CNN’s John Oliver stirred up some controversy in his comments lamenting the rise of the internet and fall in journalism last week. One consumer responded to a Facebook reposting of the article by saying, “it’s my choice to block ads.”
Pagefair’s May 2016 report says that ad blocking software has been installed on an estimated one out of five five smartphones on the mobile web, worldwide.
“By preventing ads from being displayed, the blockers deny websites the revenue needed to provide free content and services. By blocking ads, the software with names like AdBlock Plus, Purify and Crystal are threatening the free Internet most users love,” said Michael Korsunsky’s in his recent article entitled, “Just Say No: Why Ad Blocking is Economically Unsustainable.”
Some news sites, including The New York Times, are using proprietary anti-ad blocking technology. MGID has its own anti-ad blocker, which we launched in June, which is free to publishers in our network.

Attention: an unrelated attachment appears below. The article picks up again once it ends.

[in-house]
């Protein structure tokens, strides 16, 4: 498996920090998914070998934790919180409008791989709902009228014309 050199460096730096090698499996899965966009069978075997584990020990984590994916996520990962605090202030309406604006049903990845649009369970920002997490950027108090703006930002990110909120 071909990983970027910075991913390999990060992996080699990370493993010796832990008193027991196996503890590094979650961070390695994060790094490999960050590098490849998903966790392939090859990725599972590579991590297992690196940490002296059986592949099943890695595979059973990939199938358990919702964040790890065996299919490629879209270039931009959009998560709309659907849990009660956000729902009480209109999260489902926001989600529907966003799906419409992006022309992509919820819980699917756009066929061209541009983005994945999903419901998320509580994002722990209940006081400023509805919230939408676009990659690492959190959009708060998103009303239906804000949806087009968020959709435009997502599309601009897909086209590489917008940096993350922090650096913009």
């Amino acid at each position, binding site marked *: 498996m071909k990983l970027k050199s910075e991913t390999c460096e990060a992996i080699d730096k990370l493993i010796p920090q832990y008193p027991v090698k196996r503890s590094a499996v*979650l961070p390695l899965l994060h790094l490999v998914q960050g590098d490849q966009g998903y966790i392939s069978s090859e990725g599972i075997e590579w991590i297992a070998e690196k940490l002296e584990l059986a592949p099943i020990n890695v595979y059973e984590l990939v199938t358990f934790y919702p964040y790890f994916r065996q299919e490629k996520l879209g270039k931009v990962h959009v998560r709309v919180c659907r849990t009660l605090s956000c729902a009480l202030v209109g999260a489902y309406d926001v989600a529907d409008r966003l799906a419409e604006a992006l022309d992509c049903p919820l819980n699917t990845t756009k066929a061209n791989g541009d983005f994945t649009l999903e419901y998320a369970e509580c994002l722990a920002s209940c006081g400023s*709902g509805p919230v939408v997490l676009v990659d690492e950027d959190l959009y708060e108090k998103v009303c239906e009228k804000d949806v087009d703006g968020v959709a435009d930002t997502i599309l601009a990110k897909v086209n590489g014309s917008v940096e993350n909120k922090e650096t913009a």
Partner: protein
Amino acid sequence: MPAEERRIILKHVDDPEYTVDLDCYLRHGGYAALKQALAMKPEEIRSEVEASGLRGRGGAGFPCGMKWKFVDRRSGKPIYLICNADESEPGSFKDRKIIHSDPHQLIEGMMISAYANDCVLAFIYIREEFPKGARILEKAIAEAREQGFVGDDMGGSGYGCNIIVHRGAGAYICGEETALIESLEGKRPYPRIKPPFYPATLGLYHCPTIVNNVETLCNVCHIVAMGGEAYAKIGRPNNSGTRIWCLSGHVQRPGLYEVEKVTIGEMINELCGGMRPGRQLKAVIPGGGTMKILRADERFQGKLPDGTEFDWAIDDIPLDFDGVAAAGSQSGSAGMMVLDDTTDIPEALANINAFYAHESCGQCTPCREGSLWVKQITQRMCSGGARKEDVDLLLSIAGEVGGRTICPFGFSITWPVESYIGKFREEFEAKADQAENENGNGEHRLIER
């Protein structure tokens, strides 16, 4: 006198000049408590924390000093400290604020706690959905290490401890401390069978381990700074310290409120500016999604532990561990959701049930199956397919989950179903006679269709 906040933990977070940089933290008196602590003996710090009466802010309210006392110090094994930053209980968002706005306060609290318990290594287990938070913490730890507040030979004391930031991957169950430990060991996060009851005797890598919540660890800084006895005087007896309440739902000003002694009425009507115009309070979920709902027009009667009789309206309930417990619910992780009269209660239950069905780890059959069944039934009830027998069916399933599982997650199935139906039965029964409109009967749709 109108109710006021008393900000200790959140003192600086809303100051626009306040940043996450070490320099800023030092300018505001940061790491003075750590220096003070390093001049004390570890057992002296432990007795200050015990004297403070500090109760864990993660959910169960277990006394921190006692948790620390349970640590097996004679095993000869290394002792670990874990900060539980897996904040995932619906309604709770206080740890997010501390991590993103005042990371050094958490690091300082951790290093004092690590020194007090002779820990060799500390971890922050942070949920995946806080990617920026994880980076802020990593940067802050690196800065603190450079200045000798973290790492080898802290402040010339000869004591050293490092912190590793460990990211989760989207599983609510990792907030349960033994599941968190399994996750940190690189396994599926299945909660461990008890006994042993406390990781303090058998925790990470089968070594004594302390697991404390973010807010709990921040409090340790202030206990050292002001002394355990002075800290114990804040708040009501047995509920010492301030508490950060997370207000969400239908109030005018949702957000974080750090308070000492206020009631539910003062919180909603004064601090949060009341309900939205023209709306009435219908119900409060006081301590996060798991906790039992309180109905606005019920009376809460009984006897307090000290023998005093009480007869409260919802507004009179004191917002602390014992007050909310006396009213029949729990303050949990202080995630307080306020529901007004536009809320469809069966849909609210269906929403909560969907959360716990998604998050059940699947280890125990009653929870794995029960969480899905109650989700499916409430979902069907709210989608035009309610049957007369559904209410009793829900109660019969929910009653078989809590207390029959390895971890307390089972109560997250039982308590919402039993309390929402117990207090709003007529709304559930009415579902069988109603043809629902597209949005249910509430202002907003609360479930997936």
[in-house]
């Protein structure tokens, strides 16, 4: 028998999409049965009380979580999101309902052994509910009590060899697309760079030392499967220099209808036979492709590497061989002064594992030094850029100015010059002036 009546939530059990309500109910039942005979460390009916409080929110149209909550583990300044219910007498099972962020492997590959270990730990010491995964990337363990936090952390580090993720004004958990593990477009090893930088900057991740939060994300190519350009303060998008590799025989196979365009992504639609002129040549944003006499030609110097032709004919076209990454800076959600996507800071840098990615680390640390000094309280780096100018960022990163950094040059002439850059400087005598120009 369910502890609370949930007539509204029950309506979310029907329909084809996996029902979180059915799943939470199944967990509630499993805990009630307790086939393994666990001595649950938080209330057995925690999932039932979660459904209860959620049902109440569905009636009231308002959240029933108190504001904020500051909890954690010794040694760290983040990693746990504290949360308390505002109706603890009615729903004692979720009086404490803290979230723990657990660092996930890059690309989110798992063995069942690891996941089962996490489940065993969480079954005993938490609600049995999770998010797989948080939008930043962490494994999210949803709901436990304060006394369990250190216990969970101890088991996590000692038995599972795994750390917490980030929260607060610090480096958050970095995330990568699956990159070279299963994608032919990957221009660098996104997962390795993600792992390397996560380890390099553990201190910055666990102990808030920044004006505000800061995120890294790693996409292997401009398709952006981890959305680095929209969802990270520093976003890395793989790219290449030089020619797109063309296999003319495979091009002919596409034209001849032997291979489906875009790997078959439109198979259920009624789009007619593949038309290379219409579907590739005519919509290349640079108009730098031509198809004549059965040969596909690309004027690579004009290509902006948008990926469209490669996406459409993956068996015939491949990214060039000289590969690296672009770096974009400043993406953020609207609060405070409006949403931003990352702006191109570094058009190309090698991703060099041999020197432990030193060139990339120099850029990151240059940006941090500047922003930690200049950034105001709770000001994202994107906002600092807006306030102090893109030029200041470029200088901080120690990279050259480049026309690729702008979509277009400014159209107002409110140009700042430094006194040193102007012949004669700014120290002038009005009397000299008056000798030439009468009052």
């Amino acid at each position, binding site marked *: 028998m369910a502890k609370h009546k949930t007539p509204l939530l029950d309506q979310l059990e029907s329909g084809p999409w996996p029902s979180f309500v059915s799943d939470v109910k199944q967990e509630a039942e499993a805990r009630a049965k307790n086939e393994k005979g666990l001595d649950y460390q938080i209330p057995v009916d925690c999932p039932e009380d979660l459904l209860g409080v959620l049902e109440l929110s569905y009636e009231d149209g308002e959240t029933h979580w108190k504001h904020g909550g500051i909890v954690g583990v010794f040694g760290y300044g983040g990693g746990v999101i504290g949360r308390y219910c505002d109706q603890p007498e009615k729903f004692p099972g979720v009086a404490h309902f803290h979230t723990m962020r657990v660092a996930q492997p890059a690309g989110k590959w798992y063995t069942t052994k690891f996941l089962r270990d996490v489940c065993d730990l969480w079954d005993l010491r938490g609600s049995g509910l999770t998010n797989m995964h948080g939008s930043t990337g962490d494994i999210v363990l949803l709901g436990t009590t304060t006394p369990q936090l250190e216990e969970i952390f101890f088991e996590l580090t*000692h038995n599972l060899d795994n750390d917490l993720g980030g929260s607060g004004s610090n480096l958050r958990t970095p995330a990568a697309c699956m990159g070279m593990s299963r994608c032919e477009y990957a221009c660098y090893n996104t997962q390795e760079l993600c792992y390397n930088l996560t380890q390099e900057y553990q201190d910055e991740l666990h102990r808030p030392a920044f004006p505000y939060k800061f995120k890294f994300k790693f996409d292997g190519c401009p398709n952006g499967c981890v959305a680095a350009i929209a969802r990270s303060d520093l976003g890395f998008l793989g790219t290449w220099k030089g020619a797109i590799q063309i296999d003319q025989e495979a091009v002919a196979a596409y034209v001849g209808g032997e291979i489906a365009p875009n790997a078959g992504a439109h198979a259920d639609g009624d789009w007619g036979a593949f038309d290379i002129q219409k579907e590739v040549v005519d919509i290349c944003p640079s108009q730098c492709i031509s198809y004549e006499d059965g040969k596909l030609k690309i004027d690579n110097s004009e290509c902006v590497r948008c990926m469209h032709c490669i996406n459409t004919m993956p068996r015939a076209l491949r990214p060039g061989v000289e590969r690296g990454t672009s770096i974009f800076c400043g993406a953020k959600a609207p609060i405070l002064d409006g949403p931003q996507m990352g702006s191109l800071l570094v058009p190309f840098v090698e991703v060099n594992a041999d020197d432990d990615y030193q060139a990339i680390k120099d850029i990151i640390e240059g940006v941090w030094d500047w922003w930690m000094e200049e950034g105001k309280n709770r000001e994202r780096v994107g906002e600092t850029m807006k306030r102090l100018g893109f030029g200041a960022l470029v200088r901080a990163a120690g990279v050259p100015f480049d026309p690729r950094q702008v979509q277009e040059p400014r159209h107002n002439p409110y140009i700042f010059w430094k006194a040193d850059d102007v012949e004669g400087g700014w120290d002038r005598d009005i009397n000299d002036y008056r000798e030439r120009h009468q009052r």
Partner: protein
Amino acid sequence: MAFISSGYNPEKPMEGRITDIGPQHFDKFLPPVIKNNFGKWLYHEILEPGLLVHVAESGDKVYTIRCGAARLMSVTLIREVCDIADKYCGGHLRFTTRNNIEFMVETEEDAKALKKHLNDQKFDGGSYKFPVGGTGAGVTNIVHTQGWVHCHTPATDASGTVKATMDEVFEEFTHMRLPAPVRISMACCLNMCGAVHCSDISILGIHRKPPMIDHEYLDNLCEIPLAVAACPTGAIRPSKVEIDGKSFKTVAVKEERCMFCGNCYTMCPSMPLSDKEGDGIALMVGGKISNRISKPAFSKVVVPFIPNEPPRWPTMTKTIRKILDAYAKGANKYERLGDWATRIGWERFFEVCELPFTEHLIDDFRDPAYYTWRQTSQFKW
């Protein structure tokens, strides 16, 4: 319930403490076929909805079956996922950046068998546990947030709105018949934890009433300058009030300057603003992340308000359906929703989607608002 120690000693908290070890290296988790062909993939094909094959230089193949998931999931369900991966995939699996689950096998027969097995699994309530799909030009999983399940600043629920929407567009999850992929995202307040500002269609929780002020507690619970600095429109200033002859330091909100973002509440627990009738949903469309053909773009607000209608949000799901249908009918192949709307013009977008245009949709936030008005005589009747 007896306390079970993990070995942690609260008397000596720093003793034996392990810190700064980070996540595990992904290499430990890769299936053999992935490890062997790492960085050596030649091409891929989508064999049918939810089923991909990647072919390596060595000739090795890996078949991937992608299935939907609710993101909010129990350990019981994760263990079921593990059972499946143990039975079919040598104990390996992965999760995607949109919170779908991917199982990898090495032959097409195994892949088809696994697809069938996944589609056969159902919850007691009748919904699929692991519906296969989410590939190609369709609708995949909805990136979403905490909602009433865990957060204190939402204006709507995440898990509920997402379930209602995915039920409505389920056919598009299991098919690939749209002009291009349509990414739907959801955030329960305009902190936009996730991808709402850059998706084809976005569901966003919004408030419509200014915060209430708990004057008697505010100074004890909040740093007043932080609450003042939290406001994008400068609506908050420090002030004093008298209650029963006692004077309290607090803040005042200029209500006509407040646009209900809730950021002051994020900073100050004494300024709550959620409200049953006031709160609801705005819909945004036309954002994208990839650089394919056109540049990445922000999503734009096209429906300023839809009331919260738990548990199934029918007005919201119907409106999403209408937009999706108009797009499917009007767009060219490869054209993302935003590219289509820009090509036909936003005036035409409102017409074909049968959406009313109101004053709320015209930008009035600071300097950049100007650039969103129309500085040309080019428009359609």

Internet users who run into anti-ad blockers will have a choice. Turn off ad blocking and view free content or leave the block up and miss out.
In the end, internet users need to understand that advertising pays many of the bills, creating jobs and providing content readers want to see.
And as long as native ads are clearly disclosed as paid content, then what’s wrong with just skipping them like most people do when a commercial comes on TV?
Despite all of the continued concerns about ad blocking, the overall prognosis for native advertising is very healthy. Research from Business Insider Intelligence says that native ads are much more effective than traditional banner ads. They also predicted that this year (2017) spending on native ads will reach $7.9 billion, up from $4.7 billion in 2013, a growing to $21 billion by 2018.